I’ll play the age card. You see that more and more as you get older if you’re looking and if you’re paying attention. There is data showing that older people are happier. Why does that happen? No one knows but some theories exist and one of them is that you get better at knowing what battles to choose, what battles to pick, and which things matter. You get into a headset that they call essentialism. What is essential in your life? A lot of people who were paying attention and not killed by the pandemic had some glimmers of insight about this. It’s like, “What’s important here? How do I make that happen?”

I live in a relatively small artist’s cottage in Woodland Hills. I have friends who have incredible houses. I have come to realize they are gorgeous but I wouldn’t be that much happier with a bigger car or a more expensive car. I can afford any car that there is and none of them would make me any happier than the one that I have.

It doesn’t mean they’re not sexy and fun.

It means that if you carry some of that happiness with you and you see how much it can be self-generated, you realize how free you are of the circumstances for it. I’m not saying that you can live and you can be tortured. Even in the concentration camps, there was literature that came out of there and it said, “Even in this tiny space where we have nothing and don’t have any control over whatsoever, we can find little moments of joy, little moments of meaning.” The ability to generate that is powerful. It makes you a little independent of all the things you think that you need to be happy. One of the great achievements of my older years is that I don’t need that many things to be happy. The fact is I know that people 30 years younger than me don’t know it yet.

That’s also pursued. You bust out of your house, you’re 18, you’re 21, you have to have that thrust to push you into the world to go get and do and it’s a scary world. I understand why it’s there. It’s also what got us looking for water many years ago and what’s over that hill and things like that. It’s an interesting thing where I’ve always felt like I want to have a deeply rooted but expansive life. It doesn’t mean necessarily to get more but maybe continue to learn and expand our thoughts.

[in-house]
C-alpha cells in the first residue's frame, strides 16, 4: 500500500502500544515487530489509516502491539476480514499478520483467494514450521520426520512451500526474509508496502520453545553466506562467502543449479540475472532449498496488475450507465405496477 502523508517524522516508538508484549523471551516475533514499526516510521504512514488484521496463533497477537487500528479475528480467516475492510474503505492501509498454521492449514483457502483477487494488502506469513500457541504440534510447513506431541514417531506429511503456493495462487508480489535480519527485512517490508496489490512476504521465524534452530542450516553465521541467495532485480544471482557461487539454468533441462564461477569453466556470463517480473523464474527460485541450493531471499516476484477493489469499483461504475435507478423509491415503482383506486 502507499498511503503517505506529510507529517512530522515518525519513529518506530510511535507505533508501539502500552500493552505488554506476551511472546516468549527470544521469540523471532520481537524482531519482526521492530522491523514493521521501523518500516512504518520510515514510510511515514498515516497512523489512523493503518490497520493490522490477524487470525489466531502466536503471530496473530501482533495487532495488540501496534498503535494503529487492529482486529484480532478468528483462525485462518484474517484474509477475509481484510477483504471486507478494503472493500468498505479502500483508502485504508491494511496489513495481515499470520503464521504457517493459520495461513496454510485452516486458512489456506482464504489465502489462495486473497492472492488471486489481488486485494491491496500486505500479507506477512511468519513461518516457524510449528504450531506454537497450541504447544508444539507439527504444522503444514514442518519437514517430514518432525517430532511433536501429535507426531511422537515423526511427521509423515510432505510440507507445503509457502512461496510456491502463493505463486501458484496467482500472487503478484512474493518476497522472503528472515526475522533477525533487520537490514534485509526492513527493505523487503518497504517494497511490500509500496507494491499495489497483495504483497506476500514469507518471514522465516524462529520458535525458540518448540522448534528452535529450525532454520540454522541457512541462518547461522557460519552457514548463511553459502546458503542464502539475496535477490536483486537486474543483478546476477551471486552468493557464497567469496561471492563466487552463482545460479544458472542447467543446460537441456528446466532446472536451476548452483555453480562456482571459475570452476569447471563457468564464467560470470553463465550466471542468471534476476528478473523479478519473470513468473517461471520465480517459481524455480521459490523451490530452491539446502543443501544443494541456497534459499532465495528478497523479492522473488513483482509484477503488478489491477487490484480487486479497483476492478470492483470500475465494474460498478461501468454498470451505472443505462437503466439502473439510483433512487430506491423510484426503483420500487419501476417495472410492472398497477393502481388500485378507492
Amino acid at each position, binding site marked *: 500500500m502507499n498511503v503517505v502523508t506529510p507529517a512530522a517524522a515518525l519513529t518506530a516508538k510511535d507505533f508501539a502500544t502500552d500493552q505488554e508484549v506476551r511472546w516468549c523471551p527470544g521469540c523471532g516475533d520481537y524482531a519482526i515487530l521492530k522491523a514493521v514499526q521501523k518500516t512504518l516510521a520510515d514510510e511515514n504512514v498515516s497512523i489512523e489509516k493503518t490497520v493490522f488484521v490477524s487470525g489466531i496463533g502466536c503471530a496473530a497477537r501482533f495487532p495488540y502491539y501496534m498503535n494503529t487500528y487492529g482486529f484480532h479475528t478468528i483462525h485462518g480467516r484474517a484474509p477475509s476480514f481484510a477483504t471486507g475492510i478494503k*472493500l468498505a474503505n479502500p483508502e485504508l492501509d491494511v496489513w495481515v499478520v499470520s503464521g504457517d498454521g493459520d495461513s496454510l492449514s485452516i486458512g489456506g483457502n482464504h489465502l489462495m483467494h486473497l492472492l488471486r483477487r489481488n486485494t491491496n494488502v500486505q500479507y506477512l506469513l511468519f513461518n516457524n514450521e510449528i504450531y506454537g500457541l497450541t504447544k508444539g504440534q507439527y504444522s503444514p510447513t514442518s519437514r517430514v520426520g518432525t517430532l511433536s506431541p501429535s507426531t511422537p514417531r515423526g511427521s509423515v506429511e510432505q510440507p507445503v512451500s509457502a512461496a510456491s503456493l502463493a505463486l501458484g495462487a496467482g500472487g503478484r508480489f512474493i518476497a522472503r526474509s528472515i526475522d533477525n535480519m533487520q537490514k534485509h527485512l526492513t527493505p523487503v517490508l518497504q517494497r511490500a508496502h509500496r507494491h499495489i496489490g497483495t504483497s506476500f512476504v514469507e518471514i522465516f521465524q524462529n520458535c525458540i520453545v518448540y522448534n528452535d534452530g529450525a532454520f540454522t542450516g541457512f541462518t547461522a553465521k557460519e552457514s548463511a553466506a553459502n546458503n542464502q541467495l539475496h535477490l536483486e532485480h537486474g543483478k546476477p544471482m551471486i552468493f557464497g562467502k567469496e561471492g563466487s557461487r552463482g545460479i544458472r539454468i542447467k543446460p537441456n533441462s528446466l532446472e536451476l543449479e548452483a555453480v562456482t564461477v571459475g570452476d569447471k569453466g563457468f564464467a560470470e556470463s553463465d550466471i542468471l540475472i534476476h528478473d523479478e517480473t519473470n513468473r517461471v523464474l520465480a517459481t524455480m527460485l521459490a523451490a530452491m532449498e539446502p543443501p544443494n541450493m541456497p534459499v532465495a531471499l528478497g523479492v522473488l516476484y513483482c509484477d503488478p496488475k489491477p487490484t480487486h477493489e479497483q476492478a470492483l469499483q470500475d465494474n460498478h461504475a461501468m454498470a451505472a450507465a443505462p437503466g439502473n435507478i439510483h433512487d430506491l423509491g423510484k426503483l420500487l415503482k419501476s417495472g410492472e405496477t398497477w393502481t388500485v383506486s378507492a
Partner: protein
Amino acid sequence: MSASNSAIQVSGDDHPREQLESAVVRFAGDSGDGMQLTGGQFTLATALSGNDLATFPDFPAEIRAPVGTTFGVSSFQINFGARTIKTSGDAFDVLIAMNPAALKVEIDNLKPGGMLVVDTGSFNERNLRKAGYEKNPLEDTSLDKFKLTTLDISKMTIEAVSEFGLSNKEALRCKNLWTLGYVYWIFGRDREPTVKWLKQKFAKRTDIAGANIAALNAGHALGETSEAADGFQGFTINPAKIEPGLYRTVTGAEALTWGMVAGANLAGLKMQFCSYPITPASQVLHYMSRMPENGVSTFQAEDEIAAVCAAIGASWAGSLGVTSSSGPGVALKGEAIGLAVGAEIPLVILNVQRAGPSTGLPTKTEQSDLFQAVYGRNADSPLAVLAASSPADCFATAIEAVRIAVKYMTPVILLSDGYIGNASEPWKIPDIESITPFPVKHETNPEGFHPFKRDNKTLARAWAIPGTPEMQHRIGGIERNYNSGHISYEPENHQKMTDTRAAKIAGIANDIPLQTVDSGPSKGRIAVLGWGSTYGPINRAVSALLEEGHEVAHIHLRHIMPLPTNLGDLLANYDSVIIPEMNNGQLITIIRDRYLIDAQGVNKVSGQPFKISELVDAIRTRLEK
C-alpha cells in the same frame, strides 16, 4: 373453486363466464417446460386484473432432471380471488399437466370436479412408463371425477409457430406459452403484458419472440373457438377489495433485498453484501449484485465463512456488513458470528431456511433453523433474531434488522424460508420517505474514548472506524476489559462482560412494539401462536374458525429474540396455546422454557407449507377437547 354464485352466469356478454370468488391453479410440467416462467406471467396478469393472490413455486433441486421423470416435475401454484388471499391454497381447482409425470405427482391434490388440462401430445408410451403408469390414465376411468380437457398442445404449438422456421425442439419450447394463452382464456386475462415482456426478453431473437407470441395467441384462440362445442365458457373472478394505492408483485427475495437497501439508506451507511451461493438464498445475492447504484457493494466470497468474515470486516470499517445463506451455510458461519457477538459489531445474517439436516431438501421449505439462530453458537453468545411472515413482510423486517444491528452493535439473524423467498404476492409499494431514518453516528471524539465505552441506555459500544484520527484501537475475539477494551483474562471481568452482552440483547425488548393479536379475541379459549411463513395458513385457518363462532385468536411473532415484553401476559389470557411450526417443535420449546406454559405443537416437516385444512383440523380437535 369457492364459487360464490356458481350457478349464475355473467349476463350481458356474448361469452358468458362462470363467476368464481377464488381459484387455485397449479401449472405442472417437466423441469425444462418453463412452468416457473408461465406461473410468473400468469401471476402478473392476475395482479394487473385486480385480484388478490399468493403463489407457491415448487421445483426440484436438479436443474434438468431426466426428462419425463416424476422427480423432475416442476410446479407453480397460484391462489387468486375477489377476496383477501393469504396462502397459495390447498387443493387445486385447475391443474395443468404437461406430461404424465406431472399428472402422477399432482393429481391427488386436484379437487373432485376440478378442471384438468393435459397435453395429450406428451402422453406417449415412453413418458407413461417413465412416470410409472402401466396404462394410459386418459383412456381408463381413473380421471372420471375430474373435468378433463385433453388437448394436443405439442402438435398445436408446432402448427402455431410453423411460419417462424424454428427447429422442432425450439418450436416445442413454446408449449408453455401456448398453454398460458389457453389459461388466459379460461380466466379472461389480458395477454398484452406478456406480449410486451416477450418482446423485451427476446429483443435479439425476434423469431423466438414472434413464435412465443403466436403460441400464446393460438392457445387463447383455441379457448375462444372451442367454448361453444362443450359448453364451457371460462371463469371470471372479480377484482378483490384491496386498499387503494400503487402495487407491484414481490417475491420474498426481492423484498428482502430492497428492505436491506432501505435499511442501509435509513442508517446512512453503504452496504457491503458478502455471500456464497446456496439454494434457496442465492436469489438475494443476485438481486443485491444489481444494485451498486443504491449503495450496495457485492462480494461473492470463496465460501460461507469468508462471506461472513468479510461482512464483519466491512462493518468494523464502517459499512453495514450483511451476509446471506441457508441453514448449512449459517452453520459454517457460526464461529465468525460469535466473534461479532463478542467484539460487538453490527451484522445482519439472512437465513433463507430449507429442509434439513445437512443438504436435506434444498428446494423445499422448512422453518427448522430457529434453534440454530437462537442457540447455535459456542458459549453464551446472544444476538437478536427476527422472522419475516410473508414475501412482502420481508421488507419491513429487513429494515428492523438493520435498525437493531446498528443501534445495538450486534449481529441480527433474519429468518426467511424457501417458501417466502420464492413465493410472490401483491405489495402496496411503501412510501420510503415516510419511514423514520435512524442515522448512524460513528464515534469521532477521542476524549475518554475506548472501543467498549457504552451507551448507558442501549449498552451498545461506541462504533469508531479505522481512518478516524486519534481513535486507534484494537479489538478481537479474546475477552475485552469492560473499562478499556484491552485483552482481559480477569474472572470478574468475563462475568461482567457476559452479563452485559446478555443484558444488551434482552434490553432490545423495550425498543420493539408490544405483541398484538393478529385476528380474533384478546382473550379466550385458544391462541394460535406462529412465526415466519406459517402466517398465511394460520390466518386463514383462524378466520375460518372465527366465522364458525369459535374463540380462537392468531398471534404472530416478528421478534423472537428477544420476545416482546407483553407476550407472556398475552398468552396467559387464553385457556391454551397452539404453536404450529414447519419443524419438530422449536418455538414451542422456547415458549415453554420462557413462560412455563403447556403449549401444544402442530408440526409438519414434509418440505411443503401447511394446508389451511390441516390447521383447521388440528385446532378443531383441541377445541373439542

The other thing that’s interesting for me is I always say that my kids have brought me this next opportunity where I realized that it could have been set up a little bit like concrete in my early 40s. Your kids come along and either you oblige by getting smashed by them and they go, “Let me introduce you to the way that the world is versus the way that the world was to me.” There’s this next opportunity to be expansive.

That’s why I like it when I see people of different ages involved spending time together because the older people are teaching the younger people things and the younger people are introducing new ideas to the older people. To that exchange, it’s helpful to go through life. Let’s talk about some of the other things. You have a few basic vitamins that you think are pretty important for people to take.

GRS Bowden | Dr. Jonny Bowden

Dr. Jonny Bowden – You see that more and more as you get older if you’re looking and if you’re paying attention, there is data showing that older people are happier.

I have four. Periodically, I get asked.

It’s confusing.

As we talked about earlier, my entire career has been based on individualizing concepts that may be good but that you want to be able to tweak to make it work for you. I don’t believe in a standard nutrition supplementation program for everybody. Everything has been about, “What issues do you have? What do we need? What are you willing to take? What do I have to work with?”

What’s the pill drop-off after three? It’s an 80% drop-off.

It’s enormous. I have 3 or 4.

That’s perfect.